This study was designed to compare balance performance, perceived benefits, and compliance rates of community-dwelling older adults who participated in a short-term computerized balance training program (CBT), a home program of balance exercises (HEP), or no program.
Eighty-eight subjects were randomly assigned to train interactively on the Biodex Balance System, train at home using an illustrated exercise program, or perform no training for a period of 4 weeks. Pre- and post-test measures included simple reaction time (SRT), timed 50-foot walk test (TWT), the Berg Balance Scale (BBS), and the Modified Falls Efficacy Scale (MFES).
A 3 × 2 analysis of variance (ANOVA) revealed no significant differences in the performance improvements observed among the 3 groups (over time) in any of the measures. Likewise, an independent t-test showed no difference in compliance rates between the two training groups. Chi-square analyses of subjective comments indicated that subjects in the CBT group found their training to be more interesting and challenging than those who trained with the HEP. Approximately 20% of subjects in each group reported that their balance had improved.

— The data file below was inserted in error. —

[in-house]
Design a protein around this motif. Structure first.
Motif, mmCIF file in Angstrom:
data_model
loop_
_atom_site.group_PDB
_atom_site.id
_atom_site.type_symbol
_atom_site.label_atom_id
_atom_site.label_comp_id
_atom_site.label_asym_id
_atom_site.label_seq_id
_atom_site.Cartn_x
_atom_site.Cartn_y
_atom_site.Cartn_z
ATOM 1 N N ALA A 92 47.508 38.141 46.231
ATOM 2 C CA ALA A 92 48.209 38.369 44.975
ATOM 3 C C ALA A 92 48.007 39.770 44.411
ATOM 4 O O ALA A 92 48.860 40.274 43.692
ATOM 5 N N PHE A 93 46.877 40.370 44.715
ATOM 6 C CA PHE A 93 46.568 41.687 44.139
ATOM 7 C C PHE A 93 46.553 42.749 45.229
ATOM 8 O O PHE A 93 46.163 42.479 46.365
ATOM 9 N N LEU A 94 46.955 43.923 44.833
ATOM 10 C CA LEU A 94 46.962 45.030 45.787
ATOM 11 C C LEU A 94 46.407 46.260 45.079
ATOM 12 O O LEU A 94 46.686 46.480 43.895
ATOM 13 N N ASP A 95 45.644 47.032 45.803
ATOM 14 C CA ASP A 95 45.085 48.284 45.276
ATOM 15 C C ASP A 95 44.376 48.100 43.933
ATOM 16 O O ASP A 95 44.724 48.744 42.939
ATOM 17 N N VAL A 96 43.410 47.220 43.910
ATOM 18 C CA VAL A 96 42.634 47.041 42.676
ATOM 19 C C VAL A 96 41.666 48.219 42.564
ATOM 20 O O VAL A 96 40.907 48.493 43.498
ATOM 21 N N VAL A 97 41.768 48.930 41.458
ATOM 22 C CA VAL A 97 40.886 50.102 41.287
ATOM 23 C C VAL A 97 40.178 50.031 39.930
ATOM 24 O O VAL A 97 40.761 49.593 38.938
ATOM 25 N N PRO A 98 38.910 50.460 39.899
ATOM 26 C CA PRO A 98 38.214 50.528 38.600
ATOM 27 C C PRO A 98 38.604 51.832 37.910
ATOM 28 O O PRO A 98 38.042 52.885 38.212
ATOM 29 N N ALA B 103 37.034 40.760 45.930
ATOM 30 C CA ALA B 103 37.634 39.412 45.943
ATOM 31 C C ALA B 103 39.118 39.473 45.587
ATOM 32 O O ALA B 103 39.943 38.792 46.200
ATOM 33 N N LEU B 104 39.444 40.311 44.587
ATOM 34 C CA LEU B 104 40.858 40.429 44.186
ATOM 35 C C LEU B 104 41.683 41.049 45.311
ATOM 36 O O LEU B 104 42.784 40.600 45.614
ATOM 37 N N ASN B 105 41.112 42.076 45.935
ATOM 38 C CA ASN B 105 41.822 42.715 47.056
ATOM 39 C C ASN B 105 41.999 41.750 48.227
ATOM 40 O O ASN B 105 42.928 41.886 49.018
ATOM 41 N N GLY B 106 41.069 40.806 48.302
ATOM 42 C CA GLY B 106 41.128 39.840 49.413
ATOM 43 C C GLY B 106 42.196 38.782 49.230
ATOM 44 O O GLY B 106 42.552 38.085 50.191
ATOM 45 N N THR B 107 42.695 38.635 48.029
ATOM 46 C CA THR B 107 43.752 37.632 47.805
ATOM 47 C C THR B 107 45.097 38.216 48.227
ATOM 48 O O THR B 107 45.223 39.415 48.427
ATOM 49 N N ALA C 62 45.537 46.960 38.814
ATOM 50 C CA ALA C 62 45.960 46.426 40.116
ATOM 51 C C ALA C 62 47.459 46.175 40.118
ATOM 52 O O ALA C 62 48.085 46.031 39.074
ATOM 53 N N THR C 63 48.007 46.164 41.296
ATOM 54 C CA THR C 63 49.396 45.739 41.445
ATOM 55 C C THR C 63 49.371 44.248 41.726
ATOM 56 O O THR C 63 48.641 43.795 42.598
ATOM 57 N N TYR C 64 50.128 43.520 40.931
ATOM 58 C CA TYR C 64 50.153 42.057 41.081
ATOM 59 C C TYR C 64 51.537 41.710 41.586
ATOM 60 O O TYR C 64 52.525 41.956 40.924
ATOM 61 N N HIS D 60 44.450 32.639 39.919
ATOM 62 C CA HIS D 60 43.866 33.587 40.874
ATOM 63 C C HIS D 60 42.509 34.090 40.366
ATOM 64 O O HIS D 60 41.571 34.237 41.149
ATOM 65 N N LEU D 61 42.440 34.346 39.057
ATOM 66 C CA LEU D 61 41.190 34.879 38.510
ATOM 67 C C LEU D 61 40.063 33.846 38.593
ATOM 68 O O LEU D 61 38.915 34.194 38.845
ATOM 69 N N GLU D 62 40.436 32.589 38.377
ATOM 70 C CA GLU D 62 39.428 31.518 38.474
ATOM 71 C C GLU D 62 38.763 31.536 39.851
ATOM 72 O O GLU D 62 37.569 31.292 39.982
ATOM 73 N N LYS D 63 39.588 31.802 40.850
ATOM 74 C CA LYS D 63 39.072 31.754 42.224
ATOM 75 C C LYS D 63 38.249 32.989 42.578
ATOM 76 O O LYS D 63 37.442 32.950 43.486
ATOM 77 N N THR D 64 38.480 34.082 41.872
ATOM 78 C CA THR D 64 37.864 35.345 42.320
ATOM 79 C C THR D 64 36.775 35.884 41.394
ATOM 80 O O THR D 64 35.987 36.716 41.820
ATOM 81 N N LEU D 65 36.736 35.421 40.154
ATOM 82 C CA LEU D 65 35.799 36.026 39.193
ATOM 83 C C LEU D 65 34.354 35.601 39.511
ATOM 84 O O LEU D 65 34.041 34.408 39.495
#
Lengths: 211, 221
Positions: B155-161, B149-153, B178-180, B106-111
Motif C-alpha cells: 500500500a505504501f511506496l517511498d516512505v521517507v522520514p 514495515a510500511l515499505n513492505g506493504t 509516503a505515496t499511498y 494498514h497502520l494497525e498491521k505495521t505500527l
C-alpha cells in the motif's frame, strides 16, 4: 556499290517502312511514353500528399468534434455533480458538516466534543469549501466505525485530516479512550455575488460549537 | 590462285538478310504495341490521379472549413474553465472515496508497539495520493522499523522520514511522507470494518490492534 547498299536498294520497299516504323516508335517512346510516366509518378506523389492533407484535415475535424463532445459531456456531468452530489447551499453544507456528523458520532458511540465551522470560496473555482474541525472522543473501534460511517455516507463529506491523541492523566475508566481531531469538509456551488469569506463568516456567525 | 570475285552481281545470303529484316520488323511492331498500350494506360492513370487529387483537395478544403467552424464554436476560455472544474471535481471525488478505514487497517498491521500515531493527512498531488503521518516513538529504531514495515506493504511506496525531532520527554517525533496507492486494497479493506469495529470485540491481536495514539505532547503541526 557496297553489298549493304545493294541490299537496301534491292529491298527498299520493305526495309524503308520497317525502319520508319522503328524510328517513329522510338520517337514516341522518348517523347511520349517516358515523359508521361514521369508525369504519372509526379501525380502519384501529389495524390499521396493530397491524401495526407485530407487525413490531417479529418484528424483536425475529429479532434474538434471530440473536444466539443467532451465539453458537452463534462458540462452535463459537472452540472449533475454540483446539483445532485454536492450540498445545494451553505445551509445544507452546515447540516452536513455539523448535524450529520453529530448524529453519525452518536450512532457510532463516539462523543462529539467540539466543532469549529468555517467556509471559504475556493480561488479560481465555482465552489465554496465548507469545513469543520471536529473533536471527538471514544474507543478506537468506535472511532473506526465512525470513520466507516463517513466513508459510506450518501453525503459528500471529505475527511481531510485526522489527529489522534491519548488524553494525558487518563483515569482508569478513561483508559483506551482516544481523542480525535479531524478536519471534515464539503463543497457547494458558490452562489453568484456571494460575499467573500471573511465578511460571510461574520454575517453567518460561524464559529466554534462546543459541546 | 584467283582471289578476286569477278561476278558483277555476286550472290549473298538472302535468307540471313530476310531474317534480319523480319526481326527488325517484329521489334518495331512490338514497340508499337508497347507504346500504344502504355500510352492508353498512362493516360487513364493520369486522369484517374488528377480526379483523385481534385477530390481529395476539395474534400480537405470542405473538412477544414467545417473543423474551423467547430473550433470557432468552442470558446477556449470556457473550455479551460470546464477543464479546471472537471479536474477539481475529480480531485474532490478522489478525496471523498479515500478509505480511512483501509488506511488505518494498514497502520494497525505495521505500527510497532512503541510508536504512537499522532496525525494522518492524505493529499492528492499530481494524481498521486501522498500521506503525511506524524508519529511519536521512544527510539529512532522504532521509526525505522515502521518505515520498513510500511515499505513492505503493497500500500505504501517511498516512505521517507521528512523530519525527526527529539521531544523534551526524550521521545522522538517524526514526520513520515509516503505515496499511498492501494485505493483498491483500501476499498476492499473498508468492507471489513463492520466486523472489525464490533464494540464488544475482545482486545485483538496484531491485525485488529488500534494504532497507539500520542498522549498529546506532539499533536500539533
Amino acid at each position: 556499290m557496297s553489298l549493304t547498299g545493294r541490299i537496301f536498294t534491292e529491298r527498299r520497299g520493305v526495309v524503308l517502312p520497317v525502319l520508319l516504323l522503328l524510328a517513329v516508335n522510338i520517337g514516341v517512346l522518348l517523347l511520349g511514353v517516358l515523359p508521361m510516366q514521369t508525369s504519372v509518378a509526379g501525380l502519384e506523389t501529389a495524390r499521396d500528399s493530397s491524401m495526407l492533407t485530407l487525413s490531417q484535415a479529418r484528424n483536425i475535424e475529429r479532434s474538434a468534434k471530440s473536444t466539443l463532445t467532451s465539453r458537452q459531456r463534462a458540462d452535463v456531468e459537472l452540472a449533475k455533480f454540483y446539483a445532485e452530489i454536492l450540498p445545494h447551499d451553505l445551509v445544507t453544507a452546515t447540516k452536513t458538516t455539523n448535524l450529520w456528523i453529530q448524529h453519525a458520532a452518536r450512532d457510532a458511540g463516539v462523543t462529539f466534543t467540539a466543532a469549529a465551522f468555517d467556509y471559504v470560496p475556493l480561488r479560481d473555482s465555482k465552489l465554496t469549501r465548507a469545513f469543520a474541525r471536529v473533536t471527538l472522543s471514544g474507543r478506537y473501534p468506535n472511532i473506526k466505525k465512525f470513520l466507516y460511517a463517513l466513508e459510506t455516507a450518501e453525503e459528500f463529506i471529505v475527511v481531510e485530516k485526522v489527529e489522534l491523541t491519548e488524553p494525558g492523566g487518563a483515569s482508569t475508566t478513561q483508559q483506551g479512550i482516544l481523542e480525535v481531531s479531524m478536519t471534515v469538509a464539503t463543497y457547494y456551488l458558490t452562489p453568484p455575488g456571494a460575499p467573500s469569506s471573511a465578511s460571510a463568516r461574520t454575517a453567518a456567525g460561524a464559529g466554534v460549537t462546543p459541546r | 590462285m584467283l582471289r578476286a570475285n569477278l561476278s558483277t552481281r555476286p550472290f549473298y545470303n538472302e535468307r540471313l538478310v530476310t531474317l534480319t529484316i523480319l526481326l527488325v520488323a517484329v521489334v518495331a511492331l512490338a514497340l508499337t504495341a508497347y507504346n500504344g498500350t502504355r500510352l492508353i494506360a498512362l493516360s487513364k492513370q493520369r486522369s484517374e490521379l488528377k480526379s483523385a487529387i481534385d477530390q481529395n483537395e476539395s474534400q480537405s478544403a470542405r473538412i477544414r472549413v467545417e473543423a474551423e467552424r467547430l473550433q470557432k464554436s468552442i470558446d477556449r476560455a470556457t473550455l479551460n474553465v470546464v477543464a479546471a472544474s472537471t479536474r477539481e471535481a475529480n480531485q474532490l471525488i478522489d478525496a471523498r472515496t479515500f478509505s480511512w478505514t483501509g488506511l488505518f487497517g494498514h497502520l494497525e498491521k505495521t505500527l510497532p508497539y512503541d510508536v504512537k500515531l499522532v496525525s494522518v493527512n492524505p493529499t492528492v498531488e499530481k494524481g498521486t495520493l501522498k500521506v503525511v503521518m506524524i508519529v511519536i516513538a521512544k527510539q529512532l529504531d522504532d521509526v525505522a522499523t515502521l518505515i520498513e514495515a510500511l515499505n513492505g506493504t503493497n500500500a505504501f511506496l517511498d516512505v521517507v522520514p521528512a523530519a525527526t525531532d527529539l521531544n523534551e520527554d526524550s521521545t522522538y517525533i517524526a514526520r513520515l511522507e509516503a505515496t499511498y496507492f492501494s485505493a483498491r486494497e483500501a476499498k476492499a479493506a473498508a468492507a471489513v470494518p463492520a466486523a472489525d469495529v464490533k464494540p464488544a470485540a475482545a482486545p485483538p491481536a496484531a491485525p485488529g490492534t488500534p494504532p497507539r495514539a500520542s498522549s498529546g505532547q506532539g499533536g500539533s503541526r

Although compliance was good in both training groups and many subjects perceived an improvement in their balance and/or functional abilities, neither type of short-term balance training improved performance measures to a significant extent when compared to control subjects.
Send all correspondence to: Dr. Martha Hinman, Department of Physical Therapy, School of Allied Health Sciences, Rt. 1144, The University of Texas Medical Branch, Galveston, TX 77555-1144, Ph: 409/772-3068, Fax: 409/747-1613 (email@example.com).
Associate Professor in the Department of Physical Therapy at the University of Texas Medical Branch in Galveston. She is also the physical therapy consultant to the University's Fall Assessment and Prevention Clinic.
Funding for this study was provided by the University of Texas Medical Branch small grants program.
The author would like to acknowledge Anita Lee, PT, Cheryl Saxton, PT, and Dana Walsh, PT, for their assistance with data collection and the Sealy Center on Aging for its assistance with subject recruitment.
Copyright © 2002 the Section on Geriatrics of the American Physical Therapy Association